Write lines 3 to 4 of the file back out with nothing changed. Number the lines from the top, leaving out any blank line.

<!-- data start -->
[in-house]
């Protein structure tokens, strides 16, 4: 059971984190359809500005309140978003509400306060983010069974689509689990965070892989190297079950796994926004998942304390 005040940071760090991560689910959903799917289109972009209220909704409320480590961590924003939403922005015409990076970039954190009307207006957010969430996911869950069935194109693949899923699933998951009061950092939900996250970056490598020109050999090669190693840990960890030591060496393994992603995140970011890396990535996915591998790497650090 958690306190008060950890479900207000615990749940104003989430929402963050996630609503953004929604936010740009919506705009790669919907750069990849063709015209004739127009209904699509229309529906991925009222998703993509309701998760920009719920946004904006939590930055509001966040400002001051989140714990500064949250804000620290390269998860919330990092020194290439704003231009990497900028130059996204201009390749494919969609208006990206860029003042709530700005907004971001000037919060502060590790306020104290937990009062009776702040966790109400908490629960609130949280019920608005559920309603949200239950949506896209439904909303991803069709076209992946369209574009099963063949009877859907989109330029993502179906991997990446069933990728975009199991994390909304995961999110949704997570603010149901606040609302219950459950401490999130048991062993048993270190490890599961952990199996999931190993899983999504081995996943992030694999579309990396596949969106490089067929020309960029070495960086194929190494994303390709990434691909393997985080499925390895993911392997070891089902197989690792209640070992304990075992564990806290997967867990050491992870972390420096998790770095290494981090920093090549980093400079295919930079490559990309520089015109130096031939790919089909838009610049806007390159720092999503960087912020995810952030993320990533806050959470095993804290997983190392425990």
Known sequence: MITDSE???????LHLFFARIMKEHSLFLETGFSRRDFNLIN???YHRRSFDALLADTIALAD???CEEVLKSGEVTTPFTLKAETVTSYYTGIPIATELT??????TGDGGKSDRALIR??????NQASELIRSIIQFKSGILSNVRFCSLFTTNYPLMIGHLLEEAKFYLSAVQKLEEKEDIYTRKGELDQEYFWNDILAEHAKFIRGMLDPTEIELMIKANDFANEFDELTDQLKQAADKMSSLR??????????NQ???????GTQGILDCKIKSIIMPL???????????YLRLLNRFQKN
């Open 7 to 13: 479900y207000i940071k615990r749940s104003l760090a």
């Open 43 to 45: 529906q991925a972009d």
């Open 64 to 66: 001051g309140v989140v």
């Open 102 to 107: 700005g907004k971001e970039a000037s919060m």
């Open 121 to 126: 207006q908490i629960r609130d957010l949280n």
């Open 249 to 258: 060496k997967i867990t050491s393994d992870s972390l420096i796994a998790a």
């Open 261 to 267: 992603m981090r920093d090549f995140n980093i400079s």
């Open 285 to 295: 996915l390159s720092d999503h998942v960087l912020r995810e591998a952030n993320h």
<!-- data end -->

Known sequence: MITDSE???????LHLFFARIMKEHSLFLETGFSRRDFNLIN???YHRRSFDALLADTIALAD???CEEVLKSGEVTTPFTLKAETVTSYYTGIPIATELT??????TGDGGKSDRALIR??????NQASELIRSIIQFKSGILSNVRFCSLFTTNYPLMIGHLLEEAKFYLSAVQKLEEKEDIYTRKGELDQEYFWNDILAEHAKFIRGMLDPTEIELMIKANDFANEFDELTDQLKQAADKMSSLR??????????NQ???????GTQGILDCKIKSIIMPL???????????YLRLLNRFQKN
């Open 7 to 13: 479900y207000i940071k615990r749940s104003l760090a």